Hank Fox over at "Unscrewing the Inscrutable" has a great comment about different types of atheists that I think is spot on. Here it is in a more condensed form, but I encourage anyone interested in the topic to check out Hank's full post.
- "Rebel Atheist": Decides he’s an atheist more or less just to piss off his mom and dad.
- "Revenge Atheist": Believes in a god, but happens for some reason to hate him. “You killed my kitten / gave me cancer, you bastard, and I’ll never say I believe in you, ever again.”
- "Inherited Atheist": The guy who picks it up from his atheist parents, and just never thinks seriously about religion, or whenever he does, thinks it’s just some nonsense like Elvis worship.
- "Awakened Atheist": Someone who realized one day that some part of her religion didn’t make sense, and worked her way through question after question over a span of years, and eventually came to the firm conclusion that it just wasn’t true, any of it.
Naturally, I think of myself as a Type 4 (more on that below).
As Hank says, I think it's pretty common for types 1 and 2 to eventually "reconvert" over time. It's tough to sustain rage for that long, especially as you get closer to death and the things that comforted you as a child become more important.
I think it's unlikely that Type 3's end up turning to religion for the same reason that the vast majority of believers stay in the faith they were raised in. Most people just aren't interested in investing the kind of time and energy needed to reevaluate a core belief system (whether it's religion or lack thereof or just what sports team to root for), and tend stick with what they know. That's one reason the single biggest indicator of what religion a person is, is what religion their parents were.
I agree with Hank that Type 4's are the least likely to return to religion. There is a degree of freedom and joy in arriving at an understanding of what your true beliefs are that is difficult to surrender. And the kind of person who is willing to invest in the kind of existential struggle to examine core beliefs is the kind who does so with the understanding that when they've finally achieved what they believe to the be the right answer, they're unlikely to abandon it lightly.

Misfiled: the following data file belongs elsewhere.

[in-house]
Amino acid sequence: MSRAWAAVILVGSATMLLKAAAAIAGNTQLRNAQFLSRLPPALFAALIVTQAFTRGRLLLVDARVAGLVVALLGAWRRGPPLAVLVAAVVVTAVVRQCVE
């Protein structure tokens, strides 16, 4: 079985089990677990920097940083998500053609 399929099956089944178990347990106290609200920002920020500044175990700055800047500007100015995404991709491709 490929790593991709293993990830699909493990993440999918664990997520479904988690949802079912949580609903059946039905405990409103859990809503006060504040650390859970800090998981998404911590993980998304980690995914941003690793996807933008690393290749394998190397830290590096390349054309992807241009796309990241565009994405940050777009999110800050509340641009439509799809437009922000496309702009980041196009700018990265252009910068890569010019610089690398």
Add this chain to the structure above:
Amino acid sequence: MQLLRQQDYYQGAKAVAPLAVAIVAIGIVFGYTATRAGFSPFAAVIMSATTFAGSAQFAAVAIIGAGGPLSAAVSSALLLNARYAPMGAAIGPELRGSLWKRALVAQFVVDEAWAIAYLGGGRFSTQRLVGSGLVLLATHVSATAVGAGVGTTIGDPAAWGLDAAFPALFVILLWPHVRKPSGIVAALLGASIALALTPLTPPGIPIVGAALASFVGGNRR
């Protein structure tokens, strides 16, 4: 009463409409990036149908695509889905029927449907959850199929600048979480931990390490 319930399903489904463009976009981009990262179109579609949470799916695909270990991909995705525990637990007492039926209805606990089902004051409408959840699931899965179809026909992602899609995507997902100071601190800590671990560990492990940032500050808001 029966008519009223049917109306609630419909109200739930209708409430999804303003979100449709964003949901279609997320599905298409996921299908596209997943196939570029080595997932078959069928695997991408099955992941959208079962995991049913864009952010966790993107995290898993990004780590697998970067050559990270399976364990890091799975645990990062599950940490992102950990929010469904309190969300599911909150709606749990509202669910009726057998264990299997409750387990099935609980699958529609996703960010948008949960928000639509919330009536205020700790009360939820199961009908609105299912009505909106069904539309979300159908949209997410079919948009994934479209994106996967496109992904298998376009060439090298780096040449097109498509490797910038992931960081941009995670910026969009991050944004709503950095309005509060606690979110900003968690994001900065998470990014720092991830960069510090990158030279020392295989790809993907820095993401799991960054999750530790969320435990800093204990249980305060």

I suspect, though, that 90% of the atheists you'd ask to put themselves into one of Hank's four types would pick Type 4. I mean come on, who doesn't want to be "Awakened"? Types 1 and 2 will angrily deny that anything as crass as anger is behind their beliefs, and Type 3's won't care enough to even read the question in the first place. For that reason, I suspect this system isn't going to end up being all that useful empirically, but I nonetheless think it's very accurate.
It also occurs to me that this kind of classification is applicable to more than just atheism. I think it's true of theists, as well. And homosexuals. And a whole host of other life attitudes that people can hold. Everyone believes what they believe for a variety of reasons, and I think those four groupings hold for people in general, regardless of the specific question at hand. Everyone feels some rebelliousness towards their parents, or gets angry at someone or something and so takes the opposite stance from theirs just for spite, or goes along with the majority because it's easier, or struggles and thinks and wrestles with issues until finally arriving at their endpoint.
Anyway, those are my deep thoughts for today. My brother is coming into town tonight for a visit, which we're very excited about, but he always tells me I think too much so I won't be able to think for the next few days. Expect lots of American Idol and Britney Spears posts, because I'm shutting the ol' noggin off for a bit.